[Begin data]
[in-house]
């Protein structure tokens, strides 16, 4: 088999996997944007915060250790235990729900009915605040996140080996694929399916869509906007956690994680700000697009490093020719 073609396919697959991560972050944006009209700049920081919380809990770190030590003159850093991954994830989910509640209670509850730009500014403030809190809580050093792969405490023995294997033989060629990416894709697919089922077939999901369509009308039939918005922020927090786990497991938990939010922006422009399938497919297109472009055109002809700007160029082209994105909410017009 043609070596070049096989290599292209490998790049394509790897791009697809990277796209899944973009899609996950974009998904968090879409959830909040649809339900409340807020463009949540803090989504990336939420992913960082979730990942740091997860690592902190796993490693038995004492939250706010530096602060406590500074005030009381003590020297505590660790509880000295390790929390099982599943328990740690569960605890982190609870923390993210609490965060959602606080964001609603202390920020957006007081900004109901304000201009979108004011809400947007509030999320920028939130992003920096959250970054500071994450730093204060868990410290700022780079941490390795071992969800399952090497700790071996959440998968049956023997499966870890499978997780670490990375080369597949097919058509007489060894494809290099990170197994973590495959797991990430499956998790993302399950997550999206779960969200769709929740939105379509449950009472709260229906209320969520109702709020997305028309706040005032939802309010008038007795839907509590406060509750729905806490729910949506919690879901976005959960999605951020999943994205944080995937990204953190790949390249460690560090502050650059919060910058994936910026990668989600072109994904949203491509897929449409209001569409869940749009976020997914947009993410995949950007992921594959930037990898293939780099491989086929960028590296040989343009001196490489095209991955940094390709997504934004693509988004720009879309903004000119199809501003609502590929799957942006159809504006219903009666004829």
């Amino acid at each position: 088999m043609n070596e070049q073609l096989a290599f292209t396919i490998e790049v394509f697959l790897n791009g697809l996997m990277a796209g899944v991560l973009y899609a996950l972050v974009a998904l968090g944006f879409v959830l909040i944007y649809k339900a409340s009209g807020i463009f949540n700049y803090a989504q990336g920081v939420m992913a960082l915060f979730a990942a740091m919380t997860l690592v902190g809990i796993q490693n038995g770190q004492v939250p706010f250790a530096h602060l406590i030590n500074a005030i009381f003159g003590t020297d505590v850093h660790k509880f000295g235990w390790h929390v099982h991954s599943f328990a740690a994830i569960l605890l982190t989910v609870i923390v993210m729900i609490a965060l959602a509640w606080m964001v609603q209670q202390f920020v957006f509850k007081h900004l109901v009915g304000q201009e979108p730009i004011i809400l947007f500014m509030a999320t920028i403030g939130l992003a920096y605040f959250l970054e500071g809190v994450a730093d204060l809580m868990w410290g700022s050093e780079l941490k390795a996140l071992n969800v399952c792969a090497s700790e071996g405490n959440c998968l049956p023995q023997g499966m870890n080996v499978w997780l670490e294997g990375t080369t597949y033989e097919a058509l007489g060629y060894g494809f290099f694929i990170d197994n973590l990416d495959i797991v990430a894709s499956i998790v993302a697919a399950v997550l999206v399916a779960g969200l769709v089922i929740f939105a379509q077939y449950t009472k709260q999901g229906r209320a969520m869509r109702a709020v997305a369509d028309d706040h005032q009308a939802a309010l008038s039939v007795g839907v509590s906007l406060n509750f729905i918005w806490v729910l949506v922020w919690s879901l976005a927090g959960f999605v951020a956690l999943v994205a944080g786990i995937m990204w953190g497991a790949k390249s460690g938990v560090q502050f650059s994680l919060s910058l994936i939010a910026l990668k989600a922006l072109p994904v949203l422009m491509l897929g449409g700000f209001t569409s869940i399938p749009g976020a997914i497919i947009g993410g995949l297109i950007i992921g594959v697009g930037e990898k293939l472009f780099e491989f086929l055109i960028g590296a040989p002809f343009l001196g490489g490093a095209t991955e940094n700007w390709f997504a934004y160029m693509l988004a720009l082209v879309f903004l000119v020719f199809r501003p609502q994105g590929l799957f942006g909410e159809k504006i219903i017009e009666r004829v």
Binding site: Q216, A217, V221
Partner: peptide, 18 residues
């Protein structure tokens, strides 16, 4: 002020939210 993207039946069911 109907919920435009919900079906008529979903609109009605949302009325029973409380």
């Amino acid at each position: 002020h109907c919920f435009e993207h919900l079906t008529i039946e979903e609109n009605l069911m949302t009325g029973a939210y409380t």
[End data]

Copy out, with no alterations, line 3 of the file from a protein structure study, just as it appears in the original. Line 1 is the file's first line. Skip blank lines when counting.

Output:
């Amino acid at each position: 088999m043609n070596e070049q073609l096989a290599f292209t396919i490998e790049v394509f697959l790897n791009g697809l996997m990277a796209g899944v991560l973009y899609a996950l972050v974009a998904l968090g944006f879409v959830l909040i944007y649809k339900a409340s009209g807020i463009f949540n700049y803090a989504q990336g920081v939420m992913a960082l915060f979730a990942a740091m919380t997860l690592v902190g809990i796993q490693n038995g770190q004492v939250p706010f250790a530096h602060l406590i030590n500074a005030i009381f003159g003590t020297d505590v850093h660790k509880f000295g235990w390790h929390v099982h991954s599943f328990a740690a994830i569960l605890l982190t989910v609870i923390v993210m729900i609490a965060l959602a509640w606080m964001v609603q209670q202390f920020v957006f509850k007081h900004l109901v009915g304000q201009e979108p730009i004011i809400l947007f500014m509030a999320t920028i403030g939130l992003a920096y605040f959250l970054e500071g809190v994450a730093d204060l809580m868990w410290g700022s050093e780079l941490k390795a996140l071992n969800v399952c792969a090497s700790e071996g405490n959440c998968l049956p023995q023997g499966m870890n080996v499978w997780l670490e294997g990375t080369t597949y033989e097919a058509l007489g060629y060894g494809f290099f694929i990170d197994n973590l990416d495959i797991v990430a894709s499956i998790v993302a697919a399950v997550l999206v399916a779960g969200l769709v089922i929740f939105a379509q077939y449950t009472k709260q999901g229906r209320a969520m869509r109702a709020v997305a369509d028309d706040h005032q009308a939802a309010l008038s039939v007795g839907v509590s906007l406060n509750f729905i918005w806490v729910l949506v922020w919690s879901l976005a927090g959960f999605v951020a956690l999943v994205a944080g786990i995937m990204w953190g497991a790949k390249s460690g938990v560090q502050f650059s994680l919060s910058l994936i939010a910026l990668k989600a922006l072109p994904v949203l422009m491509l897929g449409g700000f209001t569409s869940i399938p749009g976020a997914i497919i947009g993410g995949l297109i950007i992921g594959v697009g930037e990898k293939l472009f780099e491989f086929l055109i960028g590296a040989p002809f343009l001196g490489g490093a095209t991955e940094n700007w390709f997504a934004y160029m693509l988004a720009l082209v879309f903004l000119v020719f199809r501003p609502q994105g590929l799957f942006g909410e159809k504006i219903i017009e009666r004829v």